Tuesday, November 15, 2016

Meat production helps offset wild pig problem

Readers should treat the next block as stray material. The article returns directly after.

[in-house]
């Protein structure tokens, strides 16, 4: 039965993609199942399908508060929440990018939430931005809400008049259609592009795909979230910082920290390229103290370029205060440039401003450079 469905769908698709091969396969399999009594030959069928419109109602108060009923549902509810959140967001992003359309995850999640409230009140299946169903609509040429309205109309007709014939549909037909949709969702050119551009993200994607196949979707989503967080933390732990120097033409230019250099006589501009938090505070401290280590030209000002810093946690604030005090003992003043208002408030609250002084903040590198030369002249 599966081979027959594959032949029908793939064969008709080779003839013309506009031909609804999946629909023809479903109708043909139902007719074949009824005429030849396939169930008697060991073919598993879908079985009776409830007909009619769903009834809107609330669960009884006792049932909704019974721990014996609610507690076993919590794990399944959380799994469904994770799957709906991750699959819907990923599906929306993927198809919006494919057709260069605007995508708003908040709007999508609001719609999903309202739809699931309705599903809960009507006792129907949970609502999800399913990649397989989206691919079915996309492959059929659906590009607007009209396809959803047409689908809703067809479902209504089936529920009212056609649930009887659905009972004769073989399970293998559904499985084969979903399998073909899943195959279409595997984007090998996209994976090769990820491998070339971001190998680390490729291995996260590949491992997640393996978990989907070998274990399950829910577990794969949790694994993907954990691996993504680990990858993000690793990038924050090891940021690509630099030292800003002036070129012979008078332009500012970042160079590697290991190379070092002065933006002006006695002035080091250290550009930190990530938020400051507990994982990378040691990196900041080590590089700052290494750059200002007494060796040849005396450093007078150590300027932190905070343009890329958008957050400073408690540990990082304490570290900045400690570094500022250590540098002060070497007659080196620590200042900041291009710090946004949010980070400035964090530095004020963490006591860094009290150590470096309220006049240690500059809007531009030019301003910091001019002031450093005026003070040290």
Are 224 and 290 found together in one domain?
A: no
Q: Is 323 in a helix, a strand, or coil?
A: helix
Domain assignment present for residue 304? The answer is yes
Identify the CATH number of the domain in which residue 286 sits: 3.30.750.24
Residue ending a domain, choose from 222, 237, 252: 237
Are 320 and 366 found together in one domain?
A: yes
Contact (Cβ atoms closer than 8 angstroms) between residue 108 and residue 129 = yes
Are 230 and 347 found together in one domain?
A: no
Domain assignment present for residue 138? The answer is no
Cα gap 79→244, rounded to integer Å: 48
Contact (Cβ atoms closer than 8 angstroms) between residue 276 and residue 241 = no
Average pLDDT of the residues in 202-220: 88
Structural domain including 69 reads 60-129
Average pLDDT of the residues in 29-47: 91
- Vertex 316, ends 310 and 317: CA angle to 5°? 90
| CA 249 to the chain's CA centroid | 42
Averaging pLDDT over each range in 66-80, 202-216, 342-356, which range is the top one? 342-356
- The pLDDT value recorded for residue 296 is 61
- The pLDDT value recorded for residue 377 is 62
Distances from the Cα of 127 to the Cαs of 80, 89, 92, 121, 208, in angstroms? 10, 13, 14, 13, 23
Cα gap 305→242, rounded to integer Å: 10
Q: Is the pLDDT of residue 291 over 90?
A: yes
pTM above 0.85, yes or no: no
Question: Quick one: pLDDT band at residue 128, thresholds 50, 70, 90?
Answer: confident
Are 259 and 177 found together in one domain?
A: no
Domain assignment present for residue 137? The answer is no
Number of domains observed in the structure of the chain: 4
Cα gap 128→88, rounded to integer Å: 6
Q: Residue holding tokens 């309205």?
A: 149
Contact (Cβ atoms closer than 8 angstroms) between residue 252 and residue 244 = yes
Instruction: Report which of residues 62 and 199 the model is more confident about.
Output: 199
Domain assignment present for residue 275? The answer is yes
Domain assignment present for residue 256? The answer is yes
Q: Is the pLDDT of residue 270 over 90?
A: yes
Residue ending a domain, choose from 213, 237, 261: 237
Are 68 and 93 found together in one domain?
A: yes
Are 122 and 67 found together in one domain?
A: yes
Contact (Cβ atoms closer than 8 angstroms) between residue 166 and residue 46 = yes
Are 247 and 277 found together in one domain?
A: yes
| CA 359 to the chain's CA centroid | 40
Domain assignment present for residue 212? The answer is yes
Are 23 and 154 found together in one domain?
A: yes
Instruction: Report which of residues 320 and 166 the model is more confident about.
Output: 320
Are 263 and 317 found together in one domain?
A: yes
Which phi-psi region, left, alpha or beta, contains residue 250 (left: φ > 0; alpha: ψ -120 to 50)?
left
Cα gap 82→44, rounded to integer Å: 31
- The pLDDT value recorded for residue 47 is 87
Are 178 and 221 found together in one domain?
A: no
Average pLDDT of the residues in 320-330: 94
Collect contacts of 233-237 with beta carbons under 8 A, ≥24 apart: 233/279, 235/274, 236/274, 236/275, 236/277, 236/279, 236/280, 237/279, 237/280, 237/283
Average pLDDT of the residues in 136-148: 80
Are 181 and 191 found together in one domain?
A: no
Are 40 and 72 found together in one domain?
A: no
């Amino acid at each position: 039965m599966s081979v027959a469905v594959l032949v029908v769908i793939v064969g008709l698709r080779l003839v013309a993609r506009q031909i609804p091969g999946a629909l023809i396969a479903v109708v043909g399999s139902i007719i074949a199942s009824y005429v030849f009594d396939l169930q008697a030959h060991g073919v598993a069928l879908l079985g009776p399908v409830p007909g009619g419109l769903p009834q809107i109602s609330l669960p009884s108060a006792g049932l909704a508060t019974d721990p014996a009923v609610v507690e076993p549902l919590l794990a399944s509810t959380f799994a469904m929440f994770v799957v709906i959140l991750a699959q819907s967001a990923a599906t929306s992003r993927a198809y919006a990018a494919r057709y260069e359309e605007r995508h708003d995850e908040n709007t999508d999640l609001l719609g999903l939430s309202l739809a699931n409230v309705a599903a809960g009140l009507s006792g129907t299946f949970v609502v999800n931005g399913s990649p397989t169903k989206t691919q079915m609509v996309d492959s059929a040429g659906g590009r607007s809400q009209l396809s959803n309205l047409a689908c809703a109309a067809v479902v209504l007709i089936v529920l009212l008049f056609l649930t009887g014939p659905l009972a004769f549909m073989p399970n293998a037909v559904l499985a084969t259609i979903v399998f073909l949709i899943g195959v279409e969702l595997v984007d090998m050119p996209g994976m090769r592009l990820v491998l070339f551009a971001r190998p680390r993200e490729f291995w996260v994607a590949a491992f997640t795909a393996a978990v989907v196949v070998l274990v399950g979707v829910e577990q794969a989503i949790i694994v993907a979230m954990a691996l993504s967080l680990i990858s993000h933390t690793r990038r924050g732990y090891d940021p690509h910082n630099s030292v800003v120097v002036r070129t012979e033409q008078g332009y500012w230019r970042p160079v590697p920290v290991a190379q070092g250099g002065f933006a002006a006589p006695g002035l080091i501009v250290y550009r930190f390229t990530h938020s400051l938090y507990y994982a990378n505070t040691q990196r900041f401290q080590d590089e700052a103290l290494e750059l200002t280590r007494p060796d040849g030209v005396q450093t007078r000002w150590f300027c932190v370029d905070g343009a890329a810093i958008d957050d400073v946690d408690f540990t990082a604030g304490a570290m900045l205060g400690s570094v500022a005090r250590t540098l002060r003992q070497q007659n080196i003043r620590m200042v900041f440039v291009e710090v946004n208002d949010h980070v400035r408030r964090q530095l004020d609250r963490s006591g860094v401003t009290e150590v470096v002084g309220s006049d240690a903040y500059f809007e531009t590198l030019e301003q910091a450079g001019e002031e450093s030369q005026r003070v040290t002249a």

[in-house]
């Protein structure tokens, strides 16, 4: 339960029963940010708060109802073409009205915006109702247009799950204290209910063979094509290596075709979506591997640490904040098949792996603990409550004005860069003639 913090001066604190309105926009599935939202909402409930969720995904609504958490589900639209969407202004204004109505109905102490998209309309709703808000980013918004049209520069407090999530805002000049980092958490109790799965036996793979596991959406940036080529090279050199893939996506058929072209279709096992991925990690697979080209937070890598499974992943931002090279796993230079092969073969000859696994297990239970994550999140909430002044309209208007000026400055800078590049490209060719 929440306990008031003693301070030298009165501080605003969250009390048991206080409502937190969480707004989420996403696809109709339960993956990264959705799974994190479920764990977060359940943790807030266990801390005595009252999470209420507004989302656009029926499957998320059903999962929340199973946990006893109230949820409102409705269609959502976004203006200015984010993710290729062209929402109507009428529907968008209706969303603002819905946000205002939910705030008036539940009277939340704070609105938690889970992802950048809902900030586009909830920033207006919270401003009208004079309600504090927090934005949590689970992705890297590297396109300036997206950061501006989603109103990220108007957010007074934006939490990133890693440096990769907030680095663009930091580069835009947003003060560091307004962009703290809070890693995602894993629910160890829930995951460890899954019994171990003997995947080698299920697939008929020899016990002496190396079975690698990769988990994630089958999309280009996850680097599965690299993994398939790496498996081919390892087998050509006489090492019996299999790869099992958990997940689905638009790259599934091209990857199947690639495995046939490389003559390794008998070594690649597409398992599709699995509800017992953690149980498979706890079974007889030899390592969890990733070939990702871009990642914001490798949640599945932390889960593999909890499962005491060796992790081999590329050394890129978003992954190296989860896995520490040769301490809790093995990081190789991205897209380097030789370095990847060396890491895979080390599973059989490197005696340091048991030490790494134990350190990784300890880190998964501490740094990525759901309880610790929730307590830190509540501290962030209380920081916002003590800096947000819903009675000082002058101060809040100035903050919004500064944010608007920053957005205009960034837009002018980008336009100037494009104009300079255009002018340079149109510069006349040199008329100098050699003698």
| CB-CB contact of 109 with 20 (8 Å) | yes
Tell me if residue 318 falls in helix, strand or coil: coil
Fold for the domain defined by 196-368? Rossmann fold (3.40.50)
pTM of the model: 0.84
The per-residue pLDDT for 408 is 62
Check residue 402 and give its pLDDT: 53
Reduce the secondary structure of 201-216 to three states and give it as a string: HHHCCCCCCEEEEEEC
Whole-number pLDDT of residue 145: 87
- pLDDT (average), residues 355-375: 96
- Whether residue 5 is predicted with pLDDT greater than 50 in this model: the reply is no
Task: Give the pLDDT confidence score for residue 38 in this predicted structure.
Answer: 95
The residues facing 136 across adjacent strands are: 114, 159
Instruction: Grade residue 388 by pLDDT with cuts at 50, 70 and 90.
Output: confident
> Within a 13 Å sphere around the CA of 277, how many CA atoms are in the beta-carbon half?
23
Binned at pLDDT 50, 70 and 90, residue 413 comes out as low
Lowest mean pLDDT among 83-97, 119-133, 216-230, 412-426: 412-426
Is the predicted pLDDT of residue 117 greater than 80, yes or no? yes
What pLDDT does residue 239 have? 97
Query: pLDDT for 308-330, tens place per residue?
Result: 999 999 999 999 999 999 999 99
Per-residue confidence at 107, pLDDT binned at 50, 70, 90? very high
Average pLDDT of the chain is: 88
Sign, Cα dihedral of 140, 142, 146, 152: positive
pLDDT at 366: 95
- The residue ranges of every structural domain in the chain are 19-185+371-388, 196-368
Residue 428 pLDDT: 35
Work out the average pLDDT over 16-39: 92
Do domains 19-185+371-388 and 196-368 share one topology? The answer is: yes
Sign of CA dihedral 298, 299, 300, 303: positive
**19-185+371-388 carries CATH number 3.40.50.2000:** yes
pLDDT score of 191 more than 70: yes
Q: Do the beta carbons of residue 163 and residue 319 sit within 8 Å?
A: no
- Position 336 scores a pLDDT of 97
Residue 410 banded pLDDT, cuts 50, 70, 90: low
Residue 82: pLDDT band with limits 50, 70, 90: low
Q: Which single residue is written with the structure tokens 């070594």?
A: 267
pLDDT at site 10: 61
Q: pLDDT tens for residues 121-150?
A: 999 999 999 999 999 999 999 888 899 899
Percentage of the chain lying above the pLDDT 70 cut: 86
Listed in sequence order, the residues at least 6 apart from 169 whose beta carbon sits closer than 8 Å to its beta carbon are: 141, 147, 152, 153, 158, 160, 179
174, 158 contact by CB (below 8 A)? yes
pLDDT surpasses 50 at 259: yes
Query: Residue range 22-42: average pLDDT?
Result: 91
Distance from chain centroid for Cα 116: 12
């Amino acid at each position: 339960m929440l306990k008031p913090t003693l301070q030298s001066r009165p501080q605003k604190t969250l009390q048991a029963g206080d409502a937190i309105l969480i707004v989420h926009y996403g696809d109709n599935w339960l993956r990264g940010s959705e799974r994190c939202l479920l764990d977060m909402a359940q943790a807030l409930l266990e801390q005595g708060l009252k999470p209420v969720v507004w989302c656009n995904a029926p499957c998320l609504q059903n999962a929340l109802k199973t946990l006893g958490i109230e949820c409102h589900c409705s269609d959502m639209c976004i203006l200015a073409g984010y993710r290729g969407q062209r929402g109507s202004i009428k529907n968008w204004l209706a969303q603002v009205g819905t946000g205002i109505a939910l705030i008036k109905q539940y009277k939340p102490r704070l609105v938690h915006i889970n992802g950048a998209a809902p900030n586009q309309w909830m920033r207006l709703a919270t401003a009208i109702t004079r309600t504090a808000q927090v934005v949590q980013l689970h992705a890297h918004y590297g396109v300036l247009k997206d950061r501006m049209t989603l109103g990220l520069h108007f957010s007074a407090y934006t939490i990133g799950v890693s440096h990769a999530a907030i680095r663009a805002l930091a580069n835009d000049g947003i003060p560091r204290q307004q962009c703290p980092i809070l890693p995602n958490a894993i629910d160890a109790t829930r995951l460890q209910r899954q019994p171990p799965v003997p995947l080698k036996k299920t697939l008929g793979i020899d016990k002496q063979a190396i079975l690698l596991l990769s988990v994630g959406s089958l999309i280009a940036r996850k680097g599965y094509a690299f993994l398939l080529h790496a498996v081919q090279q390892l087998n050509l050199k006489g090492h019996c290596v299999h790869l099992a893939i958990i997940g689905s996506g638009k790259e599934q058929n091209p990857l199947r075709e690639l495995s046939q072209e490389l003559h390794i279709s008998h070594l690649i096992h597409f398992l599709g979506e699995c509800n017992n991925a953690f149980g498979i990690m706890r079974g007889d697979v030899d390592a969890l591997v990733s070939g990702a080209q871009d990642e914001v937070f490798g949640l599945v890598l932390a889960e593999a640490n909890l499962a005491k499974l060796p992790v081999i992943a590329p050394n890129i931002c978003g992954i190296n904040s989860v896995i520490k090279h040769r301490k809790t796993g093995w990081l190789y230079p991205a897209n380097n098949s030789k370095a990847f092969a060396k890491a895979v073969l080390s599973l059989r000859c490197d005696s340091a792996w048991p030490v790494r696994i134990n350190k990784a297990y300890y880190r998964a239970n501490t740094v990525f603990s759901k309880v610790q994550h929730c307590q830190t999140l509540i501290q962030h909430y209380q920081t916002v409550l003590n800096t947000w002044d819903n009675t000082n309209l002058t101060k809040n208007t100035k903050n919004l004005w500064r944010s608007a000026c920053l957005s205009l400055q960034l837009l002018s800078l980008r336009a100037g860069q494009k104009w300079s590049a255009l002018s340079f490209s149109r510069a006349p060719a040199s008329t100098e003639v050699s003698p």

Sure, feral hogs cause their share of trouble. But for those who like bacon and pork chops, Texas’ pig problem has a swine solution. “I would say if it’s prepared properly, the taste is almost exactly the same,” said Jason Bond, comparing the meat to domestic pork. The rancher operates a hog station just west of Snyder. Some he traps himself; others he purchases from other trappers. On a good week, 100 pigs will move through his holding pens. In the feral hog business world, Bond is a wholesaler. After brief stays at his Scurry County ranch, it’s time for piggies to go to market. He sells his pigs live to Southern Wild Game, a processing company in the San Antonio area. That next step in the porky chain: “We buy live hogs from all over the state of Texas,” plant manager Rusty Spannagel told the Lubbock Avalanche-Journal in a phone interview. “I think it’s a way that we can take a product that is actually a problem for farmers and ranchers and make it into something that’s constructive instead of destructive.” A typical day sees between 250 and 400 pigs in the slaughter line. Last year, the company slaughtered 17,000. Southern Wild Game leaves final steps such as grinding and seasoning to its retail market. Most of those customers are in Europe...more

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